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Two Tribes?



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Late last week results of early voting by expat American Jews in Israel were released, with John McCain winning about 70% of the votes. This has something to with the reality factor, when your personal house is in the line of fire of Iran’s half-built nukes. And it has something to do with the fact that the majority of Jewish immigrants to Israel from the U.S. over the past two decades have been Orthodox, of one stripe or another. Social and religious values dictate conservative politics among Orthodox Jews as among the religious of most Christian denominations.

So, today I was at the Modern Orthodox day school my fourth and fifth grade children attend, to participate in part of the election day program, which included the traditional mock election. Let’s assume that all of these kids voted the way their parents — or their more vocal parent, in split homes — vote. When the principal announced that the winner was John McCain the auditorium went wild. And it was a blowout — 73% for McCain. To be sure, a growing number of these students come from Jewish families that are more recent immigrants from Iran, Iraq, Syria, Algeria and other Arab countries, than the more politically acculurated Ashkenazi Jews who’ve been here a century or more. In general those families retain their belief in hard power, and don’t take soothing words and lilting rhetoric about peace so seriously.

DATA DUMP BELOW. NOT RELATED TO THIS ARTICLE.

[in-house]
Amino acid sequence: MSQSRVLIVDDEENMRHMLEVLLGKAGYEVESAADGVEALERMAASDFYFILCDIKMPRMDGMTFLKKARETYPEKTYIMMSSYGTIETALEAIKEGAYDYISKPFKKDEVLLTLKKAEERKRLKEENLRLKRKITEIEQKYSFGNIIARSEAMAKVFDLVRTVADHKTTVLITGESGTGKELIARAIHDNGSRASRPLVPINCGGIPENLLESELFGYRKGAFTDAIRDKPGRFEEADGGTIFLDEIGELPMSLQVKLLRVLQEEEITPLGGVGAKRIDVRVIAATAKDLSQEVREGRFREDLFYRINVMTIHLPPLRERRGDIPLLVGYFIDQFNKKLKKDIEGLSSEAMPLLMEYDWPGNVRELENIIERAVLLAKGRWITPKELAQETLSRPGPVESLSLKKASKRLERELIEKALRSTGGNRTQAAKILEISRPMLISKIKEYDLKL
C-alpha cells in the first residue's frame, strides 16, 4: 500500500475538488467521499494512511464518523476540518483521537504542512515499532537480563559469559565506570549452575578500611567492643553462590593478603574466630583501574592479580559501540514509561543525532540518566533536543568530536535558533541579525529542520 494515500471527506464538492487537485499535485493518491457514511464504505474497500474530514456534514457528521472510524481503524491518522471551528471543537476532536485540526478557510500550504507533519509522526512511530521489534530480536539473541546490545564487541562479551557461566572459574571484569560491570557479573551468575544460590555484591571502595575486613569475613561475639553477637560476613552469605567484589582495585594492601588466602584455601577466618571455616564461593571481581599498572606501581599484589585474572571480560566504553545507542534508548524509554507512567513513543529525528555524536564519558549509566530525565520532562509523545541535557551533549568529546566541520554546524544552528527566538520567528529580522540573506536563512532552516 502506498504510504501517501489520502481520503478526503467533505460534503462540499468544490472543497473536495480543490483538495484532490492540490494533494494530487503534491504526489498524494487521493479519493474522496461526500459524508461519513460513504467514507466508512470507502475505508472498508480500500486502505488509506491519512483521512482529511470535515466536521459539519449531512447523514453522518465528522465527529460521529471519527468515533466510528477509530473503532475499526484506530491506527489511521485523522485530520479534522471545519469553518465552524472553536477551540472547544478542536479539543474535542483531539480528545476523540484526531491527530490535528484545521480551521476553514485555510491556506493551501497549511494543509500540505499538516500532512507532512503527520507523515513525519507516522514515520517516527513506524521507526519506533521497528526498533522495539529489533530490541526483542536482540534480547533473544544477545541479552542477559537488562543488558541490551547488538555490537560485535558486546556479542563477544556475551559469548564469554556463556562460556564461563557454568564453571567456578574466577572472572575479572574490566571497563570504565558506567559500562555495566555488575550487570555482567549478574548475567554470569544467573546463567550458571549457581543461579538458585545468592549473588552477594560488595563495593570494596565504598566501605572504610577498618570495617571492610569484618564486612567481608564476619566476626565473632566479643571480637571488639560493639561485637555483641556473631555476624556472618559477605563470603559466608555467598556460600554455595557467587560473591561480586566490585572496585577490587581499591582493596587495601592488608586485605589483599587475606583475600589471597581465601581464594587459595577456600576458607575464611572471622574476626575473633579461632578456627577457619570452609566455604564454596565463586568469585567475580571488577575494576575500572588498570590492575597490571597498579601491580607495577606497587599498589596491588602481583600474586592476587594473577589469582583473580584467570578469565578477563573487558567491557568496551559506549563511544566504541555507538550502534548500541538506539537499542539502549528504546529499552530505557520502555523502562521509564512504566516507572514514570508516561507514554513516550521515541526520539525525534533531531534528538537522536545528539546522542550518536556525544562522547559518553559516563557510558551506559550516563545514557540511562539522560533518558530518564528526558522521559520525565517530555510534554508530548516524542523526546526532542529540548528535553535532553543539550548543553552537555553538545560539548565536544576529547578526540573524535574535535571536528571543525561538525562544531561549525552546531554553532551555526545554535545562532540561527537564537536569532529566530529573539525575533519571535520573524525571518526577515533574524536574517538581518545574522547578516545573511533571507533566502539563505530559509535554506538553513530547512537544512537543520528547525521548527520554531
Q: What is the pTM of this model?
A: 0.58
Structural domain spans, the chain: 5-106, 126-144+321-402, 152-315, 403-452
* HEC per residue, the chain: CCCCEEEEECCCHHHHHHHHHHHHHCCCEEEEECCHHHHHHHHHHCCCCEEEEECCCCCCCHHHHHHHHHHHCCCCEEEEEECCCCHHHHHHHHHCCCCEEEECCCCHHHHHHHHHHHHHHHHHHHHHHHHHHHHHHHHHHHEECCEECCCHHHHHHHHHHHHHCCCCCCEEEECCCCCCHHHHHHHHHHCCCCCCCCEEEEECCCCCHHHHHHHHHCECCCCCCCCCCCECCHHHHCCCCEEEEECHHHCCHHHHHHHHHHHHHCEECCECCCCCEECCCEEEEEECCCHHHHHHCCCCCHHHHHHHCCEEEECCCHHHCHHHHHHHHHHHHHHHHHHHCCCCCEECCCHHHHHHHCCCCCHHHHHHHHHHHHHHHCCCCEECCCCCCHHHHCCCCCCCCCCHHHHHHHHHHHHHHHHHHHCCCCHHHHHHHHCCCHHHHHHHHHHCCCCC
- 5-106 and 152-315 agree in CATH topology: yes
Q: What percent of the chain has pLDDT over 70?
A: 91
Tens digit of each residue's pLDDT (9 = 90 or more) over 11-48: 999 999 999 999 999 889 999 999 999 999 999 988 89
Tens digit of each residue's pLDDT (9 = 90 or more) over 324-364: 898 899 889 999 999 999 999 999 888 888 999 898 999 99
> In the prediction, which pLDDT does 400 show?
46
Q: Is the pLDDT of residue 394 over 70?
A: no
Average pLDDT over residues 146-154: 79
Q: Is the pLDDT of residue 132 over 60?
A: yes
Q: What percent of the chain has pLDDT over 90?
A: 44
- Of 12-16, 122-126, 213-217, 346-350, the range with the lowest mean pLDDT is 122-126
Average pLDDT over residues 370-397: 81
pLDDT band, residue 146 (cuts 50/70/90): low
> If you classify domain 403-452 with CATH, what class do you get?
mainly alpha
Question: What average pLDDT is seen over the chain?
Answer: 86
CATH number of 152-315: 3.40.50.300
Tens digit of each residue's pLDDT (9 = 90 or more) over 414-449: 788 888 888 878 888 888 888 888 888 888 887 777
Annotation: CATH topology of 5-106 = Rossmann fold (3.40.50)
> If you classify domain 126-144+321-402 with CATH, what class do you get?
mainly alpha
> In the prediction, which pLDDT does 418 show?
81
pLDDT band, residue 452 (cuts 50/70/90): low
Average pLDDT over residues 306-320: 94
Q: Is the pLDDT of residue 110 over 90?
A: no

In other lower school races, there was a statistical tie between “courage,” and “experience” as the most important attribute for the next president.  ”Inspires hope,” and “popular” scored badly.  And, rejecting political correctness, the children wished to re-instate dodge-ball at recess and have more frisbees available.

So today the tuition doesn’t bother me so much — meaningless though the results may be in the scheme of things.  However I am not looking forward to the stats on the larger Jewish community support for Obama, since the self-preservation instinct is a bit thin on the ground among my more liberal co-religionists. And, when Khalidi, Dennis Ross, Michelle, and Minister Farakkhan go to the ribbon cutting ceremony at the new U.S. taxpayer funded Palestinian government office complex in downtown Jerusalem, to quote Rick Moran, “We didn’t know” is not going to accepted as an excuse.



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